The Institute for Management Development’s (IMD’s) World Competitiveness Yearbook 2016, released last week, showed that Ireland had moved briskly up the international competitiveness ranking to seventh position globally; the most competitive country in the eurozone, and third most competitive across the EU as a whole.
This internationally-renowned publication assesses the ability of nations to create and maintain an environment in which enterprises can compete globally, using over 300 competitiveness indicators.
Ireland’s ranking is an improvement of nine places since last year and shows that, as a country, we have left the dark days of the recession behind.
Back in 2011 we were ranked 24th.
As a correspondent for the IMD Competitiveness indexing for Ireland, I am very familiar with the depth of the analysis which covers the wide range of dimensions to assess Ireland’s performance.
Rankings are often criticised for focusing on competitiveness as a zero sum game where one country’s improvement is another country’s loss. Then there is the whole question of the best way to measure competitiveness.
Paul Krugman, the international economist, described competitiveness as either a dangerous or trivial concept. He laid out two main competing views of how to define it: low cost versus productivity.
The latter can be achieved by automation, for example, and may entail the use of high cost labour and other input costs.
But the former is one of the reasons Krugman viewed competitiveness as a potentially dangerous concept: it can be used to motivate policies that lower costs and, thus, raise exports but in doing so entrench zero-sum competition among locations and lower prosperity.
By comparison, the World Bank’s work ranking is based on the view that unproductive administrative costs are hurtful, not cost levels in general. Accordingly, high cost/high productivity countries top their ranking.
However, competitiveness rankings, regardless of definition issues, are very powerful tools for communication and driving policy action by Government and state agencies.
Besides the overall IMD ranking, the sub-index ranking of third globally on economic performance reflected the rapid growth in our domestic economy over the past two years. On the international investment indexing, IDA Ireland was thrilled to see Ireland also ranked first for investment incentives.
Commenting on the IMD publication, IDA chief Martin Shanahan said: “International competition for investment has never been more intense — Ireland’s ranking of seventh place in the IMD World Competitiveness Yearbook is excellent news and will assist us greatly when making the case for Ireland in boardrooms across the world.”
However, there are some low ratings in the IMD Competitive report — we don’t score well on price competitiveness, ranking only 25th, which is a worrying indicator that the excesses of the Celtic Tiger, with its rampant price inflation may be on the way back, with wages chasing the cost of living.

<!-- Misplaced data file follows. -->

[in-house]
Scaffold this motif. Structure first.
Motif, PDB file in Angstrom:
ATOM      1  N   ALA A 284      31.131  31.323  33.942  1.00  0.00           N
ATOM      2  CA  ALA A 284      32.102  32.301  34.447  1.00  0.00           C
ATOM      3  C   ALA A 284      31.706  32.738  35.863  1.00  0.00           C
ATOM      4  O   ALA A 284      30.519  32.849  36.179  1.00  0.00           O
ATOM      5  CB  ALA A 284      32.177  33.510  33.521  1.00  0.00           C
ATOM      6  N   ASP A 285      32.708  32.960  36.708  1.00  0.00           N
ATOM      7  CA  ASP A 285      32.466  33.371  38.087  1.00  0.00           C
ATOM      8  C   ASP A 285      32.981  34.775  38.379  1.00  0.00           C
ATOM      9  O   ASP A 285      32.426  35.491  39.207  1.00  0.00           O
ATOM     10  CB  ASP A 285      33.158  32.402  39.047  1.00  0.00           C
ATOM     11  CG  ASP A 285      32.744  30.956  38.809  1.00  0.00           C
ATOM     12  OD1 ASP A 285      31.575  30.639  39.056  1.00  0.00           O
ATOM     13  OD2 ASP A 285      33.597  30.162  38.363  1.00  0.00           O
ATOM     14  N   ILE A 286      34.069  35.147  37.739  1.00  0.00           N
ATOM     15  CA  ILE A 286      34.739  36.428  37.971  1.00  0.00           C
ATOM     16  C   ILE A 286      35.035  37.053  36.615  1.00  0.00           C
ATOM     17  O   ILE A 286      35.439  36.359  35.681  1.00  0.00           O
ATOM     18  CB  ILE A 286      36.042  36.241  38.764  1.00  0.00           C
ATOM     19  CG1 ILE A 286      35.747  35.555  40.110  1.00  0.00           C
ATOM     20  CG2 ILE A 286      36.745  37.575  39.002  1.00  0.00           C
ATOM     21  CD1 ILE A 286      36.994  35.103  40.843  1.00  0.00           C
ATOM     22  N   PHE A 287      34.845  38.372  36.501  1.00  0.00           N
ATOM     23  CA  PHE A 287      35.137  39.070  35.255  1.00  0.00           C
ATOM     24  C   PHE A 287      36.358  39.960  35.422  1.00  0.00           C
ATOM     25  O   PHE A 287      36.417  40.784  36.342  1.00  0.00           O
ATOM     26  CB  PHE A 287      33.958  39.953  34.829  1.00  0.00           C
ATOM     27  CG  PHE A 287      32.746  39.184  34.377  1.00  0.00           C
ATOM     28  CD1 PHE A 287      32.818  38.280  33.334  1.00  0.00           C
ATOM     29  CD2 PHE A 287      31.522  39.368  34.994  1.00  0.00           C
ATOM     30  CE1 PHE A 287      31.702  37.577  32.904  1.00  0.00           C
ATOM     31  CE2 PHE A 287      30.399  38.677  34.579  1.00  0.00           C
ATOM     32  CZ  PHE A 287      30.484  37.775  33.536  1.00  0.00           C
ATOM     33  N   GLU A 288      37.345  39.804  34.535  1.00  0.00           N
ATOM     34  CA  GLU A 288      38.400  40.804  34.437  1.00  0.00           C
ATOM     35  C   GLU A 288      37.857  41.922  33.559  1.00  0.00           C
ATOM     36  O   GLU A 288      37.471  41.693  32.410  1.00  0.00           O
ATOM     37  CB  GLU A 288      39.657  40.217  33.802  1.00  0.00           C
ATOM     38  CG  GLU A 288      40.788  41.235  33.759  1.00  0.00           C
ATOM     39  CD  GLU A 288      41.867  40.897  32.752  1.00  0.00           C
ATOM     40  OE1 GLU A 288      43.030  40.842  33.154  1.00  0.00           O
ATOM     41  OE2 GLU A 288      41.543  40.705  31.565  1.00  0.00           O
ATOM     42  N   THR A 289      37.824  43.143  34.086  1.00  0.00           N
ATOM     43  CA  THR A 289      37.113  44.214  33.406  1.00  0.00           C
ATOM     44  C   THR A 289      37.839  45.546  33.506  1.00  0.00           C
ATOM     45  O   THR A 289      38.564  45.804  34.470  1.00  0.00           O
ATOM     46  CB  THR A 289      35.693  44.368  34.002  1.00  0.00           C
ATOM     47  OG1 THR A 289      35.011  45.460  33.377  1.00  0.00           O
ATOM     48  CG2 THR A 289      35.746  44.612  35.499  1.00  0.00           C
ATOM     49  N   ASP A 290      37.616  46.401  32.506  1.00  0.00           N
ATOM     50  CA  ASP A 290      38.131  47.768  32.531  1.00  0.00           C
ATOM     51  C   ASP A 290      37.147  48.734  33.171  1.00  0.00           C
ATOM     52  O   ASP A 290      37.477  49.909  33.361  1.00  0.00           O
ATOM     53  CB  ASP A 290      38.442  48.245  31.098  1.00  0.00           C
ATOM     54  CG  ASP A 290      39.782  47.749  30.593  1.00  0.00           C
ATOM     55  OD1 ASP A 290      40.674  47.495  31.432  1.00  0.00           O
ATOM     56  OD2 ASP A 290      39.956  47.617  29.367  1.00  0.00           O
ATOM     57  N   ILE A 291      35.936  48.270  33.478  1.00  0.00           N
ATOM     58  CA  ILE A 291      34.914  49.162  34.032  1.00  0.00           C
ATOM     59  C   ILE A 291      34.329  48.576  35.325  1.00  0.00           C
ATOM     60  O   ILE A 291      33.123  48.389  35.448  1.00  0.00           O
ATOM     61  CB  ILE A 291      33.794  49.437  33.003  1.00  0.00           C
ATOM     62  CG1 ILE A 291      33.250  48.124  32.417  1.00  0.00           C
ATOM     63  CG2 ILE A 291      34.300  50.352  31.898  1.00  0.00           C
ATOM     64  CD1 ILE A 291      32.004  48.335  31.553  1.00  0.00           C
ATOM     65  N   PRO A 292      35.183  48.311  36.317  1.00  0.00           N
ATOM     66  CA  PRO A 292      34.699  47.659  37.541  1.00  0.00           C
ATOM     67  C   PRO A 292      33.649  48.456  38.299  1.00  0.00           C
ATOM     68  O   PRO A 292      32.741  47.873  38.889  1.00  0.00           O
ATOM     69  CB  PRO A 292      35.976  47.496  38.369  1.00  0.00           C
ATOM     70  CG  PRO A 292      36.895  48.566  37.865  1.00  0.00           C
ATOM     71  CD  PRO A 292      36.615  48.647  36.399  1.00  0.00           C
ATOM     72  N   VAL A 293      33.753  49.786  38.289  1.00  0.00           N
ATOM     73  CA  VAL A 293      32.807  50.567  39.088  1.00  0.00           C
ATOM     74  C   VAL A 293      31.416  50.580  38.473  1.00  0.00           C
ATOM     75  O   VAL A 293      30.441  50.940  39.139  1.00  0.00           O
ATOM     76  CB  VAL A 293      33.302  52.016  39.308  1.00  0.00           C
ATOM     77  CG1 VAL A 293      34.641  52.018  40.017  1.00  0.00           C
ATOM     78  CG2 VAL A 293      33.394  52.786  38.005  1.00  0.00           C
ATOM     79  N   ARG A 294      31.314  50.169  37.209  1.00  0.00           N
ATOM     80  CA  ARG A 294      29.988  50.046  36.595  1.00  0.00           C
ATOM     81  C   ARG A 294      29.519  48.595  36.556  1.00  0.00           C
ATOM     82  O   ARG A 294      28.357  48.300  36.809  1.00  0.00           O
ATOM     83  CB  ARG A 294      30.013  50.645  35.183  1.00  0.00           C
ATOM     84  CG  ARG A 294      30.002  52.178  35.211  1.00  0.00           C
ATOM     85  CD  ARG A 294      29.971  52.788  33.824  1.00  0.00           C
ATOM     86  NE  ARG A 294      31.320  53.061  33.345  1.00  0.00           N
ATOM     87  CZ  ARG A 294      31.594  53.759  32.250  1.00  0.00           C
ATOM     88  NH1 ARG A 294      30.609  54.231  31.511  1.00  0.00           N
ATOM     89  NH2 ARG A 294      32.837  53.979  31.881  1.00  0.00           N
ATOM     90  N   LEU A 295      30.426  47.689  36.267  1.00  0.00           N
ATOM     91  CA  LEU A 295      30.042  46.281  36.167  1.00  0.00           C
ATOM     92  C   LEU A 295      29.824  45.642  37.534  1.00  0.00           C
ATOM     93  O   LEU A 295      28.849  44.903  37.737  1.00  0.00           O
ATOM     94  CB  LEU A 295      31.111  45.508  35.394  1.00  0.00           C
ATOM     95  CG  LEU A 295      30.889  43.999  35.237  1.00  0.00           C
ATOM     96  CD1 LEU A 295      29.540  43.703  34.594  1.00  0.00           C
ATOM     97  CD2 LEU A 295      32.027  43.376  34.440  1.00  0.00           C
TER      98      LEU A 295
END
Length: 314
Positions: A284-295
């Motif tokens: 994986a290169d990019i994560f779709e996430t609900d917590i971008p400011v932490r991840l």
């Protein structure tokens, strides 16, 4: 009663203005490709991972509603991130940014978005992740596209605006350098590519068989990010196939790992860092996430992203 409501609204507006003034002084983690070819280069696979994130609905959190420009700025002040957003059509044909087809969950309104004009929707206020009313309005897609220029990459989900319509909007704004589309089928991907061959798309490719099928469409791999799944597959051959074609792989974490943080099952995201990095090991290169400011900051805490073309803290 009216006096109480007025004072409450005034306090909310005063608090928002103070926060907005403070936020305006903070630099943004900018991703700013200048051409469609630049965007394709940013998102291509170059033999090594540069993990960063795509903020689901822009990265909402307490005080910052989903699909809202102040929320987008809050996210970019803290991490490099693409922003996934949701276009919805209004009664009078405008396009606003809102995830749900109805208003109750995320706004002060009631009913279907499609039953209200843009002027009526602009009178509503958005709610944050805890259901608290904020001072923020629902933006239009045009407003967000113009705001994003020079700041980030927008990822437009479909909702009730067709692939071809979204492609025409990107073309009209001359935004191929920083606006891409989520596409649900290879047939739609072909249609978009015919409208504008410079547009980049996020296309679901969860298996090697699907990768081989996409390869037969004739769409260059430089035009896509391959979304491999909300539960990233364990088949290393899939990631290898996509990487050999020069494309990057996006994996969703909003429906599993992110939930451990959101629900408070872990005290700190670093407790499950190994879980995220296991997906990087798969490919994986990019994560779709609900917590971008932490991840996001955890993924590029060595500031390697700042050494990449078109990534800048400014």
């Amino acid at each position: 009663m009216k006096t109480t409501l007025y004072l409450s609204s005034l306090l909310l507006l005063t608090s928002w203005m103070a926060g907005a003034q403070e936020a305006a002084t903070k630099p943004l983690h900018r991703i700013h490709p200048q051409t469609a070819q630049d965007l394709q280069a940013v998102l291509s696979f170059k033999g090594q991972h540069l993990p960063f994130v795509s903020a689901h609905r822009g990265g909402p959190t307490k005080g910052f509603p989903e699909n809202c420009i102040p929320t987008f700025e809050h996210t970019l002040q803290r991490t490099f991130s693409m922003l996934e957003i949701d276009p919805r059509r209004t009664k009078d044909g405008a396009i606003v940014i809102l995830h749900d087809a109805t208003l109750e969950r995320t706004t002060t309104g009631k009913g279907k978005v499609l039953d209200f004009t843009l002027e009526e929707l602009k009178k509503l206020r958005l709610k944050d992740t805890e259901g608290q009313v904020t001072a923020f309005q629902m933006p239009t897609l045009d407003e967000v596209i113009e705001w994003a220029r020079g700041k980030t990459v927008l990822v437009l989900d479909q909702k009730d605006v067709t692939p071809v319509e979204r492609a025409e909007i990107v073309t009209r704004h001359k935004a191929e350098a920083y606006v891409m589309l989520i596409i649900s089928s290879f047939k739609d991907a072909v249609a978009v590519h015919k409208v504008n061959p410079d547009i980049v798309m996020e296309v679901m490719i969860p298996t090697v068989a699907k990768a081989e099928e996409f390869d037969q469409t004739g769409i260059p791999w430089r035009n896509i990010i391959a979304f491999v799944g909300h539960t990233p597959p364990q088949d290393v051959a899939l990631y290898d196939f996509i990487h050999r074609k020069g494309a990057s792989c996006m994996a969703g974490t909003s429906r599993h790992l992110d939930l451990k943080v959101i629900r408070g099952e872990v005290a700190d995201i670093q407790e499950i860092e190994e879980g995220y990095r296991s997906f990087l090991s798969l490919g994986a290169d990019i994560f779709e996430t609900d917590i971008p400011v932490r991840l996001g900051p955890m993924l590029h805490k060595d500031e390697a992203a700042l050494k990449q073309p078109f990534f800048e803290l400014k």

The Luas driver’s dispute has the potential to push up all public sector transport wages with knock-on effects into the private sector.
Countries that lose competitiveness in the sense of rising relative unit labour costs usually build up current account or other macroeconomic imbalances which can become very costly to unwind, as became painfully clear in the recent economic crisis.
This was obviously on the mind of Professor Peter Clinch, chairman of the National Competitiveness Council who, while welcoming the very positive IMD ranking, cautioned by saying: “While we should be pleased that Ireland’s improving competitiveness is recognised globally, we cannot afford to become complacent about our performance or relax our efforts to drive improvements.
“Competitiveness is a dynamic and relative concept, and all of our key trading partners are seeking to improve their business environments too.”
As expected, the ranking on employment was poor, at 48th globally, reflecting the high unemployment in Ireland and the relatively slow pace of job creation.
However, the overarching picture is of a progressive fast improving economy with a very productive workforce which is ranked first globally for productivity, second for business efficiency, fifth for business legislation and sixth for management practices.
Holding these rankings over the next 12 months will be a major challenge and will require transparency in management practices and common sense in employment wage demands.
But the continued under-investment in infrastructure may come back to haunt us in future years. The IMD publication for 2016 has Ireland ranked 40th for basic infrastructure, 19th for technological infrastructure and 21st for scientific infrastructure.
John Whelan is a leading consultant on Irish and international trade
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